The following is from MedPage Today.
Doctors may consider blood testing for the endocrine-disrupting chemicals per- and polyfluoroalkyl substances (PFAS) to assess community-wide exposure, the CDC recommended in new guidance this week.
In a new resource center detailing PFAS information, the CDC said clinicians can order blood testing to measure PFAS levels for patients on an individual basis through Clinical Laboratory Improvement Amendments (CLIA)-certified commercial clinical laboratories.
This kind of systematic PFAS blood testing may be particularly helpful for public health officials when looking into community-wide chemical exposures, the agency said.
Exposure to PFAS, often referred to as “forever chemicals,” typically comes from contaminated food or water. Their chemical makeup allows them to reduce friction and resist oil and water, leading them to be commonly used in nonstick cookware, water-resistant fabrics, stain-resistant coatings, and personal care products.
Studies have linked exposure to these chemicals to a slew of health conditions, such as increases in cholesterol levels, decreases in birth weight, lower antibody responses to vaccines, kidney and testicular cancer, pregnancy-induced hypertension, preeclampsia, and changes in liver enzymes. Other research has also suggested a link between PFAS and thyroid disease, breast cancer, and ulcerative colitis.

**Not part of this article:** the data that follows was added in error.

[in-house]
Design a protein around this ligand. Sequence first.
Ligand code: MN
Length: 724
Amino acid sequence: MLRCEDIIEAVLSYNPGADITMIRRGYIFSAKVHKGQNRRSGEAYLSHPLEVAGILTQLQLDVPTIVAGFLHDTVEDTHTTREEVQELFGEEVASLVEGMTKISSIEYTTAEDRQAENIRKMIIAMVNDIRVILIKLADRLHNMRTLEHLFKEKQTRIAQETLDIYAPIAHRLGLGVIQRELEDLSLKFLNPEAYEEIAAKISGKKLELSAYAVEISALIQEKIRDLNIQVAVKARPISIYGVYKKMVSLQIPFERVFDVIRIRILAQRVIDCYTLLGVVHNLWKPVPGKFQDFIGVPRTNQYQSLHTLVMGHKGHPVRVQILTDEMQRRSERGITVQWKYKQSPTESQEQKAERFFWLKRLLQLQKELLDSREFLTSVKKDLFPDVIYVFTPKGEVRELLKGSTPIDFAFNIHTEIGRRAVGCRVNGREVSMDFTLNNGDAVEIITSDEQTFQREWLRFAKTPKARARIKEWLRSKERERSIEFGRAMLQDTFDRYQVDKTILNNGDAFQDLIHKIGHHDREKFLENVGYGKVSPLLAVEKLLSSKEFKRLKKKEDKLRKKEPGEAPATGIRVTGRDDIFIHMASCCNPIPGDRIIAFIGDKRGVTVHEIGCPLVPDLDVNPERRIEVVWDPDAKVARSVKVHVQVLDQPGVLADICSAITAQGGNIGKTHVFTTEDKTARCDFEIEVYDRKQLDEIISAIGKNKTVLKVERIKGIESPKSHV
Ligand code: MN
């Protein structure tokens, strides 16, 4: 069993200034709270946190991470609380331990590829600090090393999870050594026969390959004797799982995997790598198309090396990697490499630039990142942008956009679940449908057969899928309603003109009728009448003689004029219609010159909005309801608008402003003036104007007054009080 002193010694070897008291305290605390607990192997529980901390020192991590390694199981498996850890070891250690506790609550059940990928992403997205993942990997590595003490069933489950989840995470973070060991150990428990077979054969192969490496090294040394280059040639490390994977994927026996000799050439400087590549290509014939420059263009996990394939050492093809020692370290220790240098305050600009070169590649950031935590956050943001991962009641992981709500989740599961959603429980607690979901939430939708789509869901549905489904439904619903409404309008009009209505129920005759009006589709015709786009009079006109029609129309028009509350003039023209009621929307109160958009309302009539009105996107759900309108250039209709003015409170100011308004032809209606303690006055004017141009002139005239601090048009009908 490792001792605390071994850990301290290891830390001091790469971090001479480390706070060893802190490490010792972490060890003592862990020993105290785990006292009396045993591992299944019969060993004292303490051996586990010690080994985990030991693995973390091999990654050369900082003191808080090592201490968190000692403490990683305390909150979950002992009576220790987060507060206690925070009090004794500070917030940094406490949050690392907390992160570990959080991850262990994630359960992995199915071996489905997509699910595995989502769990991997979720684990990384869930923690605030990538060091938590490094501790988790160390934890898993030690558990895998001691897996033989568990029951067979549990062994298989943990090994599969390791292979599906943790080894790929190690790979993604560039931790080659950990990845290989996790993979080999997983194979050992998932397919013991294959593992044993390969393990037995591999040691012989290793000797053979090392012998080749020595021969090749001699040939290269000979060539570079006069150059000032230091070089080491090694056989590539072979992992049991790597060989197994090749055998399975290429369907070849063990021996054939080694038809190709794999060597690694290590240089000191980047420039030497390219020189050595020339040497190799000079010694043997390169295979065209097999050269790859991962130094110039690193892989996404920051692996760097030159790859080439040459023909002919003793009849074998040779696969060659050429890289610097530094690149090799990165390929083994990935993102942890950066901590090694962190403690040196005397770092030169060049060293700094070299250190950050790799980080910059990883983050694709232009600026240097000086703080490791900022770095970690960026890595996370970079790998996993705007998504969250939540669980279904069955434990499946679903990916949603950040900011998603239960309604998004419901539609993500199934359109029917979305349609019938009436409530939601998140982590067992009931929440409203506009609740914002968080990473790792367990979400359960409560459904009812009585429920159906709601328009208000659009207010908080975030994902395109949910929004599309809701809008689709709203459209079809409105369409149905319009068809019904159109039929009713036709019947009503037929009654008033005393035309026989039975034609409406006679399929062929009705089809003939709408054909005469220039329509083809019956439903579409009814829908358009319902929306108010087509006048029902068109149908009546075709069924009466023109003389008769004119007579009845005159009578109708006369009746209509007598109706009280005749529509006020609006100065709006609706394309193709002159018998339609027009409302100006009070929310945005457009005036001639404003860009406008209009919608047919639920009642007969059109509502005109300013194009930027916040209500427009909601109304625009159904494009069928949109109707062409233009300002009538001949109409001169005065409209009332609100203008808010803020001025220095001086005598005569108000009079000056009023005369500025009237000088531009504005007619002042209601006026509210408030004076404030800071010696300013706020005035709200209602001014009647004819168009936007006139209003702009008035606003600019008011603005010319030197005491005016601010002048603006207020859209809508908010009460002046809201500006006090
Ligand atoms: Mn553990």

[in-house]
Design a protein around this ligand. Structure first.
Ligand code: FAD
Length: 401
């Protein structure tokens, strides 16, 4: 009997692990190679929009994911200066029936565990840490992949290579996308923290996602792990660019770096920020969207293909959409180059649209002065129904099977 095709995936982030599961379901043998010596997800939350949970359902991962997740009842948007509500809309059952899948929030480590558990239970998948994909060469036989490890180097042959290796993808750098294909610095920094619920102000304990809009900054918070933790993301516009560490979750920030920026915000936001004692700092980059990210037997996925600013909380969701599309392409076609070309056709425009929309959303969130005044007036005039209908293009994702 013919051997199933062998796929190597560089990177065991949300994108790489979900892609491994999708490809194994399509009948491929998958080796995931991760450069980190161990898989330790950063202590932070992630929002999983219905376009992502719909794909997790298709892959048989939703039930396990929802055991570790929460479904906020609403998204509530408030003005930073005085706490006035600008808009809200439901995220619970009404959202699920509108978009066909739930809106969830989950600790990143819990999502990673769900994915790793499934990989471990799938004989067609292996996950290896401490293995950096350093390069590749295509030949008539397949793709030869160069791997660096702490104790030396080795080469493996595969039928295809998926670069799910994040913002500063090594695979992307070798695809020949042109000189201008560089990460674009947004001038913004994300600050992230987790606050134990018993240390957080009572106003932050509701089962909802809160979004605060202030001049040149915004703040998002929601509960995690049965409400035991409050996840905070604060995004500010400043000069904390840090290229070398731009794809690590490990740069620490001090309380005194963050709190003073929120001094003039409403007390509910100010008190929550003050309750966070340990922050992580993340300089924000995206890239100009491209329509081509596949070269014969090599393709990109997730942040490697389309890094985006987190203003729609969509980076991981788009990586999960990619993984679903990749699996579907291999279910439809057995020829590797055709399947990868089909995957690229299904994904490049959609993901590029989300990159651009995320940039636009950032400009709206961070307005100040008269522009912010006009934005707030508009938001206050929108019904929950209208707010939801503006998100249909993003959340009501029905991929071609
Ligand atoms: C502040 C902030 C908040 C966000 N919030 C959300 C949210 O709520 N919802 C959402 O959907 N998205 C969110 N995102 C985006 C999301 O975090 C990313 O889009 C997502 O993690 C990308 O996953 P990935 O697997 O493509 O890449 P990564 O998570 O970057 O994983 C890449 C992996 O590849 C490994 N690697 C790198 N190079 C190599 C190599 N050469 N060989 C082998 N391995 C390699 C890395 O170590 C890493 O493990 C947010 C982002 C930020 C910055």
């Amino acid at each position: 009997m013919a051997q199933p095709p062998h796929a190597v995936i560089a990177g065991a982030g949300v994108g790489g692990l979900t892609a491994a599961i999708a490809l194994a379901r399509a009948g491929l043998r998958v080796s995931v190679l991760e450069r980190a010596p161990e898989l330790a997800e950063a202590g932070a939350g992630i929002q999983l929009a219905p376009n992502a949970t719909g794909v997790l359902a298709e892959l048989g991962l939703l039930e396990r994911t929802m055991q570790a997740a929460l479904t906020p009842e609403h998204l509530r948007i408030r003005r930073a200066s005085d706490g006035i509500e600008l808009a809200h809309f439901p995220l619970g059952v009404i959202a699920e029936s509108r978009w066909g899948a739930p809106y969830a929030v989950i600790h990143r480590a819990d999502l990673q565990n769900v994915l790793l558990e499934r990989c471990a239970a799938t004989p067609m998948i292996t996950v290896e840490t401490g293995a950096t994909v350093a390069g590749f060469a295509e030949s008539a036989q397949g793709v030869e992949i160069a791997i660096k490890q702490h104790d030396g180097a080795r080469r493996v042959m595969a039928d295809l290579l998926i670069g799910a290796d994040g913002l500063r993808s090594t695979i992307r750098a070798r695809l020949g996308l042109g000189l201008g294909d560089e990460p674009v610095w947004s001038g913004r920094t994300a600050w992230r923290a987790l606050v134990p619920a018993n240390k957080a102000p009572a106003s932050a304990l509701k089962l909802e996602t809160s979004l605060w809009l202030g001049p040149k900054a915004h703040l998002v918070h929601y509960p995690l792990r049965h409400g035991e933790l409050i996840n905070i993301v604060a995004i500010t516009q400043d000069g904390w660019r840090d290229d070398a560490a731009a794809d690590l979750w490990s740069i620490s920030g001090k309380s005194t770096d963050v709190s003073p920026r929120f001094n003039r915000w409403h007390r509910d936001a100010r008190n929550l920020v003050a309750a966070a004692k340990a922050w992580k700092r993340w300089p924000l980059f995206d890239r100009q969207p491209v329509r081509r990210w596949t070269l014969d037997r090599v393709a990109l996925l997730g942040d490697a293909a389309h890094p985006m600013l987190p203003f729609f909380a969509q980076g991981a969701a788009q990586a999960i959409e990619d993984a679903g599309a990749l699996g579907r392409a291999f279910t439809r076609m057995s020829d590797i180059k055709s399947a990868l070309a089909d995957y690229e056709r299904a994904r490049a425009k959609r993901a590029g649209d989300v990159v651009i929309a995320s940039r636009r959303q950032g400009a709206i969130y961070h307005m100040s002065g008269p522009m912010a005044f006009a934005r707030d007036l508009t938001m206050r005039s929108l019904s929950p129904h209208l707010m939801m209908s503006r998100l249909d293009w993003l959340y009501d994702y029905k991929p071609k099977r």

While blood testing for PFAS is the more common way to measure exposure, urine testing is also sometimes used.
Blood testing can inform clinicians of both recent and past exposures to PFAS, which can guide patients on exposure reduction, greater recognition of associated health effects, and “possible psychological relief” for the patient. (Continued…)
Link to article here.